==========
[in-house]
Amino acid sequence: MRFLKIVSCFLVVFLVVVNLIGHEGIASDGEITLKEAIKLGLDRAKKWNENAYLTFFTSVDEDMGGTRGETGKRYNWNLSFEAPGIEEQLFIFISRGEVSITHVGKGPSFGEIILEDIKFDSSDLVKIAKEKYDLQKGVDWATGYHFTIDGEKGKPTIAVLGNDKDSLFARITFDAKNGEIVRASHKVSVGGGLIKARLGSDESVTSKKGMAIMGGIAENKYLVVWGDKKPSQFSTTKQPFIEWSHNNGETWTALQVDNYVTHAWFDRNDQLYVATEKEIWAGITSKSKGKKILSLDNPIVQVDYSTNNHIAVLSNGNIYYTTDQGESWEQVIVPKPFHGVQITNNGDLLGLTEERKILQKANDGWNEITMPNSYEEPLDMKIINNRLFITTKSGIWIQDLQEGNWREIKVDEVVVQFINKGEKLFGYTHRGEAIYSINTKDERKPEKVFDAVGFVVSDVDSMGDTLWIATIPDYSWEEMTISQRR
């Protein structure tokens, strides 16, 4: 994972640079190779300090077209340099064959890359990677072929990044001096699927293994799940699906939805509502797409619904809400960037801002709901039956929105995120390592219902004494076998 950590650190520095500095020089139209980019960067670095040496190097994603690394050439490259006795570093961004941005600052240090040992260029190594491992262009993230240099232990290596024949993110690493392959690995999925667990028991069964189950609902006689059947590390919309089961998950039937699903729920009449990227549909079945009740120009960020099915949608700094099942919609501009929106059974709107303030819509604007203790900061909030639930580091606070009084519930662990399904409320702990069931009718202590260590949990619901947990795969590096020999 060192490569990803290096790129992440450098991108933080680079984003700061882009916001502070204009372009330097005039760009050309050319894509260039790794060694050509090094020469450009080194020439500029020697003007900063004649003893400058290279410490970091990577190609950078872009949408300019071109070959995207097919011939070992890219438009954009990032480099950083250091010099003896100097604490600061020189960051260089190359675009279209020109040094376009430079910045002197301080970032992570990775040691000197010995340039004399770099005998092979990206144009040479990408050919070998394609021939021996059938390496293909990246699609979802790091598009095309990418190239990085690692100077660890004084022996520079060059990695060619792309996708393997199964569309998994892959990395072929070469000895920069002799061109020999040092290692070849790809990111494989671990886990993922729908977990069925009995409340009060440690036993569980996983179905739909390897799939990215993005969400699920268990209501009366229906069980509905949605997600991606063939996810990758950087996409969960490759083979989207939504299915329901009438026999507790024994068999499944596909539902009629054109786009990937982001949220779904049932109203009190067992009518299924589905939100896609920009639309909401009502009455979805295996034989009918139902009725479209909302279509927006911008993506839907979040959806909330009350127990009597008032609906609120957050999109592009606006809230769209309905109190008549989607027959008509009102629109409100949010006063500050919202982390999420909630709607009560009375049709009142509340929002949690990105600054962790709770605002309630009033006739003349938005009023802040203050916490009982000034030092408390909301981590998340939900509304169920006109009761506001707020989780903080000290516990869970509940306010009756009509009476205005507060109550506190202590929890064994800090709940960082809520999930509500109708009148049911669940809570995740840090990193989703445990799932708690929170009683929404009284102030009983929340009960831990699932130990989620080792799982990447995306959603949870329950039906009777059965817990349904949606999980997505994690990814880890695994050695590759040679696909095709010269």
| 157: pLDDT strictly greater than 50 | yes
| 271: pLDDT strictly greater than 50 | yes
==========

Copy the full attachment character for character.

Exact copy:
[in-house]
Amino acid sequence: MRFLKIVSCFLVVFLVVVNLIGHEGIASDGEITLKEAIKLGLDRAKKWNENAYLTFFTSVDEDMGGTRGETGKRYNWNLSFEAPGIEEQLFIFISRGEVSITHVGKGPSFGEIILEDIKFDSSDLVKIAKEKYDLQKGVDWATGYHFTIDGEKGKPTIAVLGNDKDSLFARITFDAKNGEIVRASHKVSVGGGLIKARLGSDESVTSKKGMAIMGGIAENKYLVVWGDKKPSQFSTTKQPFIEWSHNNGETWTALQVDNYVTHAWFDRNDQLYVATEKEIWAGITSKSKGKKILSLDNPIVQVDYSTNNHIAVLSNGNIYYTTDQGESWEQVIVPKPFHGVQITNNGDLLGLTEERKILQKANDGWNEITMPNSYEEPLDMKIINNRLFITTKSGIWIQDLQEGNWREIKVDEVVVQFINKGEKLFGYTHRGEAIYSINTKDERKPEKVFDAVGFVVSDVDSMGDTLWIATIPDYSWEEMTISQRR
């Protein structure tokens, strides 16, 4: 994972640079190779300090077209340099064959890359990677072929990044001096699927293994799940699906939805509502797409619904809400960037801002709901039956929105995120390592219902004494076998 950590650190520095500095020089139209980019960067670095040496190097994603690394050439490259006795570093961004941005600052240090040992260029190594491992262009993230240099232990290596024949993110690493392959690995999925667990028991069964189950609902006689059947590390919309089961998950039937699903729920009449990227549909079945009740120009960020099915949608700094099942919609501009929106059974709107303030819509604007203790900061909030639930580091606070009084519930662990399904409320702990069931009718202590260590949990619901947990795969590096020999 060192490569990803290096790129992440450098991108933080680079984003700061882009916001502070204009372009330097005039760009050309050319894509260039790794060694050509090094020469450009080194020439500029020697003007900063004649003893400058290279410490970091990577190609950078872009949408300019071109070959995207097919011939070992890219438009954009990032480099950083250091010099003896100097604490600061020189960051260089190359675009279209020109040094376009430079910045002197301080970032992570990775040691000197010995340039004399770099005998092979990206144009040479990408050919070998394609021939021996059938390496293909990246699609979802790091598009095309990418190239990085690692100077660890004084022996520079060059990695060619792309996708393997199964569309998994892959990395072929070469000895920069002799061109020999040092290692070849790809990111494989671990886990993922729908977990069925009995409340009060440690036993569980996983179905739909390897799939990215993005969400699920268990209501009366229906069980509905949605997600991606063939996810990758950087996409969960490759083979989207939504299915329901009438026999507790024994068999499944596909539902009629054109786009990937982001949220779904049932109203009190067992009518299924589905939100896609920009639309909401009502009455979805295996034989009918139902009725479209909302279509927006911008993506839907979040959806909330009350127990009597008032609906609120957050999109592009606006809230769209309905109190008549989607027959008509009102629109409100949010006063500050919202982390999420909630709607009560009375049709009142509340929002949690990105600054962790709770605002309630009033006739003349938005009023802040203050916490009982000034030092408390909301981590998340939900509304169920006109009761506001707020989780903080000290516990869970509940306010009756009509009476205005507060109550506190202590929890064994800090709940960082809520999930509500109708009148049911669940809570995740840090990193989703445990799932708690929170009683929404009284102030009983929340009960831990699932130990989620080792799982990447995306959603949870329950039906009777059965817990349904949606999980997505994690990814880890695994050695590759040679696909095709010269």
| 157: pLDDT strictly greater than 50 | yes
| 271: pLDDT strictly greater than 50 | yes